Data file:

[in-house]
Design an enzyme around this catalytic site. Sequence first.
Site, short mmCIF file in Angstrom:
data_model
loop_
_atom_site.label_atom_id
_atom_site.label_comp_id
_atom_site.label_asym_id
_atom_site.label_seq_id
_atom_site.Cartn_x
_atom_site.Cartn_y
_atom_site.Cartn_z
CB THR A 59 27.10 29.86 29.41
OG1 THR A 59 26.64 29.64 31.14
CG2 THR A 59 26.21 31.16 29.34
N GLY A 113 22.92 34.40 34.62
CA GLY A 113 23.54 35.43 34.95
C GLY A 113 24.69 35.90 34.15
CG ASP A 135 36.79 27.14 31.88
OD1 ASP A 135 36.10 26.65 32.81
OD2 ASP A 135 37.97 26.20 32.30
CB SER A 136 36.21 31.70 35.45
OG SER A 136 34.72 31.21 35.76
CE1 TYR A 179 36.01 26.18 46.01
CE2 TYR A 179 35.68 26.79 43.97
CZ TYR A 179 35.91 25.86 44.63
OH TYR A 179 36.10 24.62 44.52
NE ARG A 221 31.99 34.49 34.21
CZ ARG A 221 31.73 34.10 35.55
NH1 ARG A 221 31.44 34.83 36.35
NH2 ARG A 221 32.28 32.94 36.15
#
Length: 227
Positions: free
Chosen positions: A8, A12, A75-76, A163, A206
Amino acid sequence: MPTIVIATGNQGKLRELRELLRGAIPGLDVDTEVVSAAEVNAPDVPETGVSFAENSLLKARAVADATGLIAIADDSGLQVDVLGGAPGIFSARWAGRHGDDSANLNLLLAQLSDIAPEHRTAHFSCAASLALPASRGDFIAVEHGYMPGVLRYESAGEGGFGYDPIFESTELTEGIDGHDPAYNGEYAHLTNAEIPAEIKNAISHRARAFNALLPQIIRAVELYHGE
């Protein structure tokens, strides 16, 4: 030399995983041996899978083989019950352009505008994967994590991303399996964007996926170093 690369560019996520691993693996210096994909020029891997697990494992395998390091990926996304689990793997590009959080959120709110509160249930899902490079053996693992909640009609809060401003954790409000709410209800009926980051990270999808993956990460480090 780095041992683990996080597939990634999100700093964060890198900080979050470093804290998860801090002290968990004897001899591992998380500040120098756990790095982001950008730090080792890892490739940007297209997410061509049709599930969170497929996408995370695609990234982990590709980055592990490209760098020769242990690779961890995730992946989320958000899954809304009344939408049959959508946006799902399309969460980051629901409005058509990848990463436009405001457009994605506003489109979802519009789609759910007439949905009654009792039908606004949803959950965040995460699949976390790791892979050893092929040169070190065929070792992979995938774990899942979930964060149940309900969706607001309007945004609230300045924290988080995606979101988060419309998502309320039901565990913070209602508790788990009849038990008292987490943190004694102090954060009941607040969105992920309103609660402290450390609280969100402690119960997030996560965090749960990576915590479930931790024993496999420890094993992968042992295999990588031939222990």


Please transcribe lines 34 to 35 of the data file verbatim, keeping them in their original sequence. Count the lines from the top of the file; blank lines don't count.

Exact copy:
Positions: free
Chosen positions: A8, A12, A75-76, A163, A206